Mark Twain said that history does not repeat itself, but it rhymes. The sexual abuse scandal that continues to echo throughout the church in America, as evidenced by the recent controversy over the decision to allow Cardinal Bernard Law to preside at one of the memorial Masses for Pope John Paul II in Rome after his death on April 2, bears a striking resemblance to a series of crises that roiled the church in the Middle Ages, particularly in the 11th century. Then, as now, the higher clergy seemed to be completely unaware of the damage that scandalous sexual behavior was causing to both the victims and the community as a whole.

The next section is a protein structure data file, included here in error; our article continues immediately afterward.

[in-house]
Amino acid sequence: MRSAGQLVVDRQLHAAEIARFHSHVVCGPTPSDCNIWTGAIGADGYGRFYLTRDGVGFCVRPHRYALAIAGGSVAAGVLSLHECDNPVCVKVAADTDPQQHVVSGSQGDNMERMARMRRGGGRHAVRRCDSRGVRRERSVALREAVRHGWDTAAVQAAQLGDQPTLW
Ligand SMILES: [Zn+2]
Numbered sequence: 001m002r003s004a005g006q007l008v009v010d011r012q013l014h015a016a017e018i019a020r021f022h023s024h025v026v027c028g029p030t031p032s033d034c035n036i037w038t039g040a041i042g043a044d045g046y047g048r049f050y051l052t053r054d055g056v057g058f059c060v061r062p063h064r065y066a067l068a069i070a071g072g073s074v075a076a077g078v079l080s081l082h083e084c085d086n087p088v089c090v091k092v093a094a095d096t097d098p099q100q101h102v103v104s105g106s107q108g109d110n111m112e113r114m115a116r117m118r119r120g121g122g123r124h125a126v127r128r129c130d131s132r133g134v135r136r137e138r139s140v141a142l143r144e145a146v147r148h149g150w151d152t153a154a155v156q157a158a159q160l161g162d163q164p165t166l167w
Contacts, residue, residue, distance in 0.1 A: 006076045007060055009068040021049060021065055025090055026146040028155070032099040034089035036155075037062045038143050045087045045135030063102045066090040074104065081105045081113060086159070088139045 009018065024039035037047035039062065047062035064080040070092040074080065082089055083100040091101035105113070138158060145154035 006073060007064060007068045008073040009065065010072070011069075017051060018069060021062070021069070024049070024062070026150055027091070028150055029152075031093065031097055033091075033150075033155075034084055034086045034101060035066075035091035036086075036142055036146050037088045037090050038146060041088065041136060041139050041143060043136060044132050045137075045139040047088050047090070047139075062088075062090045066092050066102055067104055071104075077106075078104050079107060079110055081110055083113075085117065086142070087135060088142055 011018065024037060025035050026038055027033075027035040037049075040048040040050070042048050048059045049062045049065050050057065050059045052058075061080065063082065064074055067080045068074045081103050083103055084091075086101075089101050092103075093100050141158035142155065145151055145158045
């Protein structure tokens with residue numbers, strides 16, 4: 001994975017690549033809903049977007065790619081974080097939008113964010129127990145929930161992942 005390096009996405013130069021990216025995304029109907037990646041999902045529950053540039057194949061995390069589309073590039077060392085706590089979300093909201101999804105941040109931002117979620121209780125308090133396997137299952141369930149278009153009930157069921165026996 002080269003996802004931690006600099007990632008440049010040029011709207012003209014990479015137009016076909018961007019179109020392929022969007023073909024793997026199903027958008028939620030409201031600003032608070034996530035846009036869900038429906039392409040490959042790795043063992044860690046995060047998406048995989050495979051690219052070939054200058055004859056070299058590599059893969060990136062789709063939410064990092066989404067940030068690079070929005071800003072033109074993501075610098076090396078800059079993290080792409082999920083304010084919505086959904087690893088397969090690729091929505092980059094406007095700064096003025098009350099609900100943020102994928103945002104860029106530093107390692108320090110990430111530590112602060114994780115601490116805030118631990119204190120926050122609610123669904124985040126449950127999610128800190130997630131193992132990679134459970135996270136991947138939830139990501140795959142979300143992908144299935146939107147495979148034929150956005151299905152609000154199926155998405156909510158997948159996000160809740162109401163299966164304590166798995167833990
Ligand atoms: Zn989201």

Problems in the 11th century were much more widespread than in our own. Priests and bishops were unaccountable to secular law, and abusive behavior extended beyond children to include adults. Many had concubines, or live-in prostitutes, who were completely at the mercy of their clerical patrons. Some bishops used their authority over the clergy to compel priests into acts of sodomy, as well.